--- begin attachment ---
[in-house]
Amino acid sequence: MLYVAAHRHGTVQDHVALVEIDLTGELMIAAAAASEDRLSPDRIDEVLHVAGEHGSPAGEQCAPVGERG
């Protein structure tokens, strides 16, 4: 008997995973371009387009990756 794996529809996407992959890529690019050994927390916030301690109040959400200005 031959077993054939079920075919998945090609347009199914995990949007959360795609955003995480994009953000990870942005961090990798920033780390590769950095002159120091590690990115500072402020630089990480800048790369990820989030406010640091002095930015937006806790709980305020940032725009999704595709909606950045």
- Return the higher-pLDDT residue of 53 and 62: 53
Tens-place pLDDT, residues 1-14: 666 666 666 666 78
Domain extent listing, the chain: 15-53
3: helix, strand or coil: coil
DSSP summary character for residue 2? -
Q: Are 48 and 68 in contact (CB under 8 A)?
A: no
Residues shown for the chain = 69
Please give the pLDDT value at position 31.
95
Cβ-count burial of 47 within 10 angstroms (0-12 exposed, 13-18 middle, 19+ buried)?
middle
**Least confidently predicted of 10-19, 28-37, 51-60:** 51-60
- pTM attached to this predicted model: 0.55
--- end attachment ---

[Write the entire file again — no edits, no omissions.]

[in-house]
Amino acid sequence: MLYVAAHRHGTVQDHVALVEIDLTGELMIAAAAASEDRLSPDRIDEVLHVAGEHGSPAGEQCAPVGERG
């Protein structure tokens, strides 16, 4: 008997995973371009387009990756 794996529809996407992959890529690019050994927390916030301690109040959400200005 031959077993054939079920075919998945090609347009199914995990949007959360795609955003995480994009953000990870942005961090990798920033780390590769950095002159120091590690990115500072402020630089990480800048790369990820989030406010640091002095930015937006806790709980305020940032725009999704595709909606950045």
- Return the higher-pLDDT residue of 53 and 62: 53
Tens-place pLDDT, residues 1-14: 666 666 666 666 78
Domain extent listing, the chain: 15-53
3: helix, strand or coil: coil
DSSP summary character for residue 2? -
Q: Are 48 and 68 in contact (CB under 8 A)?
A: no
Residues shown for the chain = 69
Please give the pLDDT value at position 31.
95
Cβ-count burial of 47 within 10 angstroms (0-12 exposed, 13-18 middle, 19+ buried)?
middle
**Least confidently predicted of 10-19, 28-37, 51-60:** 51-60
- pTM attached to this predicted model: 0.55